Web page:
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The impact of globalisation on supply chains
A selection of talks on Finance, Accounting & Economics
I'd like to welcome you to this presentation on the Impact of Globalization on Supply Chains. My name is John Mangan, and I'm a professor of Marine Transport and Logistics at Newcastle University in the United Kingdom.
Today's presentation is divided up into four parts. Firstly, we answer the question what is globalization, and we will divert to define and maybe even to measure globalization. The second part will look at the very considerable growth in global trade that has occurred over the of last 50 to 60 years, and in particular the importance of Marine containerization. In the third part of the presentation, we'll examine the whole area of extended logistics reach, looking at how firms through foreign direct investments setup subsidiaries overseas, which is obviously related to increase outsourcing and offshoring and the more recent phenomenon of nearshoring. And we look at all of the costs associated with this, understand the concentration of international trade traffic that goes with this extended logistics reach. And finally in the fourth part of the presentation, we look at enhancing the competitiveness of the global supply chain examining issues, such as sustainability and roll played by logistics service providers in truly facilitating the global supply chain.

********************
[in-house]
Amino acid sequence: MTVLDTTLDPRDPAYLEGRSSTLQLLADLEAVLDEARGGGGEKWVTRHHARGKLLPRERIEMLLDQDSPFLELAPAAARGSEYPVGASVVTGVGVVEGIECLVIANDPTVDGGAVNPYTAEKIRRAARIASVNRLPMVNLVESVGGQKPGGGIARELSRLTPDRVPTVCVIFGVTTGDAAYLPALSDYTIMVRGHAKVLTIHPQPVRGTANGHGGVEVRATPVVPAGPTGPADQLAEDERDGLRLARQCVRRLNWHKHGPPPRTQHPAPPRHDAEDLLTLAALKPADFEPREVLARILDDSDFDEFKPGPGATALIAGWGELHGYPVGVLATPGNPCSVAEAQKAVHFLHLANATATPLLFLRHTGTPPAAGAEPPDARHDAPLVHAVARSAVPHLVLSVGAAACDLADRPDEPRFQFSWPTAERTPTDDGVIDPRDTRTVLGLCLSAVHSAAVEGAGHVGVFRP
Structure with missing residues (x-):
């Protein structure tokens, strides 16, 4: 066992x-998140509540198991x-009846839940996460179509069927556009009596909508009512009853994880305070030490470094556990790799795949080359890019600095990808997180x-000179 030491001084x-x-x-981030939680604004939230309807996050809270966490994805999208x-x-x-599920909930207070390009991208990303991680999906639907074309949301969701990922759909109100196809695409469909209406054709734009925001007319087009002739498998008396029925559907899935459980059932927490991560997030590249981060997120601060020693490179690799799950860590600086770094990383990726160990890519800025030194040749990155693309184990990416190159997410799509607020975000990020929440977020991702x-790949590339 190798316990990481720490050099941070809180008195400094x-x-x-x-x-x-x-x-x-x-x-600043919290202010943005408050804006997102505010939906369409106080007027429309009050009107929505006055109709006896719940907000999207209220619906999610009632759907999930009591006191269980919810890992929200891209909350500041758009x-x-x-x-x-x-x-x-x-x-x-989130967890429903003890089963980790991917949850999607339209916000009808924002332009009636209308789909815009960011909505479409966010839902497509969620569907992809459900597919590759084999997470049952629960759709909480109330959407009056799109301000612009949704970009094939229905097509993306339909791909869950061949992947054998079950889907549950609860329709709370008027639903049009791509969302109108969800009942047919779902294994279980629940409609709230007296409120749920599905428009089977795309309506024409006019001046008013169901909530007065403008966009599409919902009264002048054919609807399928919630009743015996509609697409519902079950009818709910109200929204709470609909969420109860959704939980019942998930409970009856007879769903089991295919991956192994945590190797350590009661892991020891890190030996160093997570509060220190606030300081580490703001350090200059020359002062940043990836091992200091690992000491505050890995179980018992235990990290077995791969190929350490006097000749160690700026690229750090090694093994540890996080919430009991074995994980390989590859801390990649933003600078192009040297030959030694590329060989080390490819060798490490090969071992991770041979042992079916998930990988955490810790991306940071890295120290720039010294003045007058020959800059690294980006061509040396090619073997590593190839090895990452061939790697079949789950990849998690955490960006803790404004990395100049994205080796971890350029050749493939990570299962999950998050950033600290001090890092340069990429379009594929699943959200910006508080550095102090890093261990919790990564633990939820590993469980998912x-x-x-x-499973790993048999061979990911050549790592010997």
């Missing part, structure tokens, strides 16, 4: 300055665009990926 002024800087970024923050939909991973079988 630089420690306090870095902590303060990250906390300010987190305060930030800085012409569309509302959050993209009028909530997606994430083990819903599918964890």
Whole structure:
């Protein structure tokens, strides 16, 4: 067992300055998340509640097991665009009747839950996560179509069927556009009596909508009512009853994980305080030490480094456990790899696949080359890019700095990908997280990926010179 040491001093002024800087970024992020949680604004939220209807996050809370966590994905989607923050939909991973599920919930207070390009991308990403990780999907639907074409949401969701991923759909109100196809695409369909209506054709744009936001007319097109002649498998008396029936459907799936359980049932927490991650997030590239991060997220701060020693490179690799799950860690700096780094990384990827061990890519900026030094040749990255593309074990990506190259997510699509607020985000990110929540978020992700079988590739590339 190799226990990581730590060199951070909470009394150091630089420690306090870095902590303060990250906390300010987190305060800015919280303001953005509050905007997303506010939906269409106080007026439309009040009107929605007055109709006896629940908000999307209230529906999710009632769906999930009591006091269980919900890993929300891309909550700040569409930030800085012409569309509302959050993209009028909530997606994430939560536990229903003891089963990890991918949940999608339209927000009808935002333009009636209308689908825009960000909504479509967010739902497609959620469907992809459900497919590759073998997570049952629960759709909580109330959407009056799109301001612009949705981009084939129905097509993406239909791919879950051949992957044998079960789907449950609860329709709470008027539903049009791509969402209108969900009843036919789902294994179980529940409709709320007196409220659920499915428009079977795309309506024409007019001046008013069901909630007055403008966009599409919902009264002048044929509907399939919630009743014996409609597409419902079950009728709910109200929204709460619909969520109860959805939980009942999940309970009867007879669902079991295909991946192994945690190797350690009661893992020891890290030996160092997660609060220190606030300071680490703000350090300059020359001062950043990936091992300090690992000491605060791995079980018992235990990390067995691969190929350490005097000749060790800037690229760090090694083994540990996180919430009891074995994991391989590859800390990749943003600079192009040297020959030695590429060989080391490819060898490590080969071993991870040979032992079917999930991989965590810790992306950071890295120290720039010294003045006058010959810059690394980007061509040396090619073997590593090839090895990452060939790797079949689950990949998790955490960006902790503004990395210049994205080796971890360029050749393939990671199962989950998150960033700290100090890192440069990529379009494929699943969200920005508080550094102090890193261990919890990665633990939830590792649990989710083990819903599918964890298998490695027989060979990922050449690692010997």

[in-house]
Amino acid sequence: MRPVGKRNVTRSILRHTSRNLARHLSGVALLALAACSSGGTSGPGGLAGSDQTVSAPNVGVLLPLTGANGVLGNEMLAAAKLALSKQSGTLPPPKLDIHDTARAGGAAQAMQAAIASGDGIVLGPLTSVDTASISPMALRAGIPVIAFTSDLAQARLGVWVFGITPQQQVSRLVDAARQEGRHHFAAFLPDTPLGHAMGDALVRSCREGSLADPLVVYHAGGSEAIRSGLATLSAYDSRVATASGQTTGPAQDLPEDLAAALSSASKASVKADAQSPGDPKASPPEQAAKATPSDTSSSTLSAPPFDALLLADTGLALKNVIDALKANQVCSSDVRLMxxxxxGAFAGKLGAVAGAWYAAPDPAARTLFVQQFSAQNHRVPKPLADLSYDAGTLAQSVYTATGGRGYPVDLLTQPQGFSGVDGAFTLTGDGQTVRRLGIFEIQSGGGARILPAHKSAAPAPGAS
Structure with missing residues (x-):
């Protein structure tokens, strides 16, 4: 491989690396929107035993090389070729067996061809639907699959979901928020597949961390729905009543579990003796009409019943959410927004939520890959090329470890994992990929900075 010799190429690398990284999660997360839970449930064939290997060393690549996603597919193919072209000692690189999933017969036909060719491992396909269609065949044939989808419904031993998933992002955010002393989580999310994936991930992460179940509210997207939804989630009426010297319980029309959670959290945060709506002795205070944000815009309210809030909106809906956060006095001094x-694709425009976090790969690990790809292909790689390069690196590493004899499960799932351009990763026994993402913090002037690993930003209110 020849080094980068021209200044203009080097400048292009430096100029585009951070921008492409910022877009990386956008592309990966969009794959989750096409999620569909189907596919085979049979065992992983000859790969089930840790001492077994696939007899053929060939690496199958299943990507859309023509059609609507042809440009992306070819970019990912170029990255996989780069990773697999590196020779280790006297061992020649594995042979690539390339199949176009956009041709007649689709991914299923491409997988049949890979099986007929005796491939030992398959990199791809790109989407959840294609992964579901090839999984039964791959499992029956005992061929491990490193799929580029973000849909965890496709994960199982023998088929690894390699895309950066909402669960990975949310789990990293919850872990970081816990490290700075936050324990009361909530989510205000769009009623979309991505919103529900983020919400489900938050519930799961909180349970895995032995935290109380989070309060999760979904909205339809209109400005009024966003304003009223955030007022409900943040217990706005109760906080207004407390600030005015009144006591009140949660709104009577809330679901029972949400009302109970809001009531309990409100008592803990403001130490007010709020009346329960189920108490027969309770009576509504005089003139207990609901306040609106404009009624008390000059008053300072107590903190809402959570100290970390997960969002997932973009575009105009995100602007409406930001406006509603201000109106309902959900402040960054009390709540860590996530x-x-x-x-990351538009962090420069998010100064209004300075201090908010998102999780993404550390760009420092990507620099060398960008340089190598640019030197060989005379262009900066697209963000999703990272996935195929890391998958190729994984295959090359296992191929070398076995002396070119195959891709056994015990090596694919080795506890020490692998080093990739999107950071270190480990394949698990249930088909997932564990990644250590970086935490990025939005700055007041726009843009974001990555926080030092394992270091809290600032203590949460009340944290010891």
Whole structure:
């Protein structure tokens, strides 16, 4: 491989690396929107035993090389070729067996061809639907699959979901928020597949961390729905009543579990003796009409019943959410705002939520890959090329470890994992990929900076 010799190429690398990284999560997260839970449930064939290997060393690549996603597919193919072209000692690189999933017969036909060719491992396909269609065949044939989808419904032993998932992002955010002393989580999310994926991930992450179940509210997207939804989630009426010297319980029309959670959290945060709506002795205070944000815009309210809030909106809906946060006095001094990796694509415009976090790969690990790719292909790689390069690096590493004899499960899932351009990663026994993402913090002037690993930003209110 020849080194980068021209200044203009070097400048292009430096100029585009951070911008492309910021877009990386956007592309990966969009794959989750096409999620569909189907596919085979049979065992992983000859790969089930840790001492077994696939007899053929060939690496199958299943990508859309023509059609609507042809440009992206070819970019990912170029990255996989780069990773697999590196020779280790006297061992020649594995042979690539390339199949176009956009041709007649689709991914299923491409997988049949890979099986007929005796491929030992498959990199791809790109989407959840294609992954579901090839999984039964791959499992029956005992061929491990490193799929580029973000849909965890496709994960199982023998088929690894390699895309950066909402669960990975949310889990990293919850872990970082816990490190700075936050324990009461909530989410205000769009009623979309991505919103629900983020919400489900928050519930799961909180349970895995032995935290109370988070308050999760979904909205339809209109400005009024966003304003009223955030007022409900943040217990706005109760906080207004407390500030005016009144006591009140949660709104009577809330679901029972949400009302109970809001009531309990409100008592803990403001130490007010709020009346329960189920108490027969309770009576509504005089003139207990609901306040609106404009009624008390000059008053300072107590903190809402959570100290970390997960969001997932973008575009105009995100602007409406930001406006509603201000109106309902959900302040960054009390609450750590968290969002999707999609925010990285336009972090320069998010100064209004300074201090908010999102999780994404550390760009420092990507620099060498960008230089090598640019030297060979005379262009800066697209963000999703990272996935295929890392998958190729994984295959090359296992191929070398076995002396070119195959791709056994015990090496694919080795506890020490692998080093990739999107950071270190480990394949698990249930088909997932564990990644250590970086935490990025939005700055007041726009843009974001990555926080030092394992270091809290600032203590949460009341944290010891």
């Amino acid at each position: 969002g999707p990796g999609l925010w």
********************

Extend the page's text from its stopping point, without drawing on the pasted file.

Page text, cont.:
I'd just like to start then with a very simple slide and on this slide you can see two pictures, they both relate to moving product by sea. The first, dates to 1912 and this in fact, a view of Dockers handling kegs and you could see there's a lot of manual handling here, it's labor intensive, and also obviously low technology, to not exploiting what we would call economies of scale. We fast forward to the bottom part of the slide, what you've got is one of the new Maersk vessels, these are these giant container ships, these are now trading across the seas with the consigned capacity booked at 14,000 TEUs and the TEU is a Twenty-Foot-equivalent unit. So most boxes that you see, such as those on this Maersk vessel, they are typically two TEU in length and this vessel has the capacity of 14,000 TEUs. So in less than a 100 years, you can see that the transition which has occurred from a very labor-intensive manual handling, low volumes for cargo as depicted on the top left hand inside of the screen. And then the bottom part of the screen, you've got this huge 14,000 TEU vessel operating with minimal crew, exploiting huge economies of scale. And in a sense, this evolution from manual handling to scale-based efficiency in logistic systems, has really been the driving force behind a lot of the growth in the international trades, globalization that we see today and the ability for global supply chains to function.